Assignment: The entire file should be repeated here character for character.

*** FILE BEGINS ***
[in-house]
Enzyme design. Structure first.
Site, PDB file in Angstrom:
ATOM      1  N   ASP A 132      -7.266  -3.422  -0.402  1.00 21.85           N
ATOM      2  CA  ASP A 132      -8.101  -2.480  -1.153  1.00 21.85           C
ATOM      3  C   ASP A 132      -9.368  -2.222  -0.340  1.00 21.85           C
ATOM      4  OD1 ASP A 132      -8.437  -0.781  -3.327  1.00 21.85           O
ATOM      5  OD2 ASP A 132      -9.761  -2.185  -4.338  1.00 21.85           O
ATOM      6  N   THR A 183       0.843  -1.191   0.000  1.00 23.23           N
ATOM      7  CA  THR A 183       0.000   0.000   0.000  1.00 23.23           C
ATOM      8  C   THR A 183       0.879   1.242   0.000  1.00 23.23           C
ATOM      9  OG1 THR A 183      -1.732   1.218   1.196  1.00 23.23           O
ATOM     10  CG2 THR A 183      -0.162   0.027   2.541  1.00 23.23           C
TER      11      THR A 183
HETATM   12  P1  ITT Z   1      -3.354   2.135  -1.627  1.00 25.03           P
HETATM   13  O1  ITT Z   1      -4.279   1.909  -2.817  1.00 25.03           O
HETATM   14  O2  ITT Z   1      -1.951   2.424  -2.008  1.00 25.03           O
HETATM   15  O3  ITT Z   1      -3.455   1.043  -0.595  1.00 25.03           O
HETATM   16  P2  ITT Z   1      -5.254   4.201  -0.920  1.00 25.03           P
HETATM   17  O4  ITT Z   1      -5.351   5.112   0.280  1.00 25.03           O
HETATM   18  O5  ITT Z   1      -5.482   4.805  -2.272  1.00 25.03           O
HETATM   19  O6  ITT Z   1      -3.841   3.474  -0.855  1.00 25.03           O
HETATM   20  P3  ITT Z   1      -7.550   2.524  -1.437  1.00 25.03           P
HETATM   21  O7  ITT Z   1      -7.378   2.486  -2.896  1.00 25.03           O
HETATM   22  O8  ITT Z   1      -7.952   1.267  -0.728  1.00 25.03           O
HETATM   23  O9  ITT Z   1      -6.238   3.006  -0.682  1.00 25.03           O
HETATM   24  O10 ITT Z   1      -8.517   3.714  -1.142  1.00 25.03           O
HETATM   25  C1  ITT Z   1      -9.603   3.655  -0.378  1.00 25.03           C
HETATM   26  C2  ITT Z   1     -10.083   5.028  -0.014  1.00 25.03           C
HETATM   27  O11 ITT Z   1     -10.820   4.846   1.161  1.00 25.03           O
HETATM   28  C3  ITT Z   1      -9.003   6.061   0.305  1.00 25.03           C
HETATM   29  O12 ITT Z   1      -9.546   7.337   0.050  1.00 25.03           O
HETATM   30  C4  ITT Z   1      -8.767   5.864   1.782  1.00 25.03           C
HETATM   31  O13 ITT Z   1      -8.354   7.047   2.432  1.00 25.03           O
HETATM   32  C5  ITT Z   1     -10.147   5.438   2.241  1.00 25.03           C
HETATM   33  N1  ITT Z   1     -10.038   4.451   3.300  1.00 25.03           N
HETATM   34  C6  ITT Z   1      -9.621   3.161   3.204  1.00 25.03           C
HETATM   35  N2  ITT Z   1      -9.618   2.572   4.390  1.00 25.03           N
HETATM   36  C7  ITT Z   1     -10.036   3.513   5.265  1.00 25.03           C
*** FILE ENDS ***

[in-house]
Enzyme design. Structure first.
Site, PDB file in Angstrom:
ATOM      1  N   ASP A 132      -7.266  -3.422  -0.402  1.00 21.85           N
ATOM      2  CA  ASP A 132      -8.101  -2.480  -1.153  1.00 21.85           C
ATOM      3  C   ASP A 132      -9.368  -2.222  -0.340  1.00 21.85           C
ATOM      4  OD1 ASP A 132      -8.437  -0.781  -3.327  1.00 21.85           O
ATOM      5  OD2 ASP A 132      -9.761  -2.185  -4.338  1.00 21.85           O
ATOM      6  N   THR A 183       0.843  -1.191   0.000  1.00 23.23           N
ATOM      7  CA  THR A 183       0.000   0.000   0.000  1.00 23.23           C
ATOM      8  C   THR A 183       0.879   1.242   0.000  1.00 23.23           C
ATOM      9  OG1 THR A 183      -1.732   1.218   1.196  1.00 23.23           O
ATOM     10  CG2 THR A 183      -0.162   0.027   2.541  1.00 23.23           C
TER      11      THR A 183
HETATM   12  P1  ITT Z   1      -3.354   2.135  -1.627  1.00 25.03           P
HETATM   13  O1  ITT Z   1      -4.279   1.909  -2.817  1.00 25.03           O
HETATM   14  O2  ITT Z   1      -1.951   2.424  -2.008  1.00 25.03           O
HETATM   15  O3  ITT Z   1      -3.455   1.043  -0.595  1.00 25.03           O
HETATM   16  P2  ITT Z   1      -5.254   4.201  -0.920  1.00 25.03           P
HETATM   17  O4  ITT Z   1      -5.351   5.112   0.280  1.00 25.03           O
HETATM   18  O5  ITT Z   1      -5.482   4.805  -2.272  1.00 25.03           O
HETATM   19  O6  ITT Z   1      -3.841   3.474  -0.855  1.00 25.03           O
HETATM   20  P3  ITT Z   1      -7.550   2.524  -1.437  1.00 25.03           P
HETATM   21  O7  ITT Z   1      -7.378   2.486  -2.896  1.00 25.03           O
HETATM   22  O8  ITT Z   1      -7.952   1.267  -0.728  1.00 25.03           O
HETATM   23  O9  ITT Z   1      -6.238   3.006  -0.682  1.00 25.03           O
HETATM   24  O10 ITT Z   1      -8.517   3.714  -1.142  1.00 25.03           O
HETATM   25  C1  ITT Z   1      -9.603   3.655  -0.378  1.00 25.03           C
HETATM   26  C2  ITT Z   1     -10.083   5.028  -0.014  1.00 25.03           C
HETATM   27  O11 ITT Z   1     -10.820   4.846   1.161  1.00 25.03           O
HETATM   28  C3  ITT Z   1      -9.003   6.061   0.305  1.00 25.03           C
HETATM   29  O12 ITT Z   1      -9.546   7.337   0.050  1.00 25.03           O
HETATM   30  C4  ITT Z   1      -8.767   5.864   1.782  1.00 25.03           C
HETATM   31  O13 ITT Z   1      -8.354   7.047   2.432  1.00 25.03           O
HETATM   32  C5  ITT Z   1     -10.147   5.438   2.241  1.00 25.03           C
HETATM   33  N1  ITT Z   1     -10.038   4.451   3.300  1.00 25.03           N
HETATM   34  C6  ITT Z   1      -9.621   3.161   3.204  1.00 25.03           C
HETATM   35  N2  ITT Z   1      -9.618   2.572   4.390  1.00 25.03           N
HETATM   36  C7  ITT Z   1     -10.036   3.513   5.265  1.00 25.03           C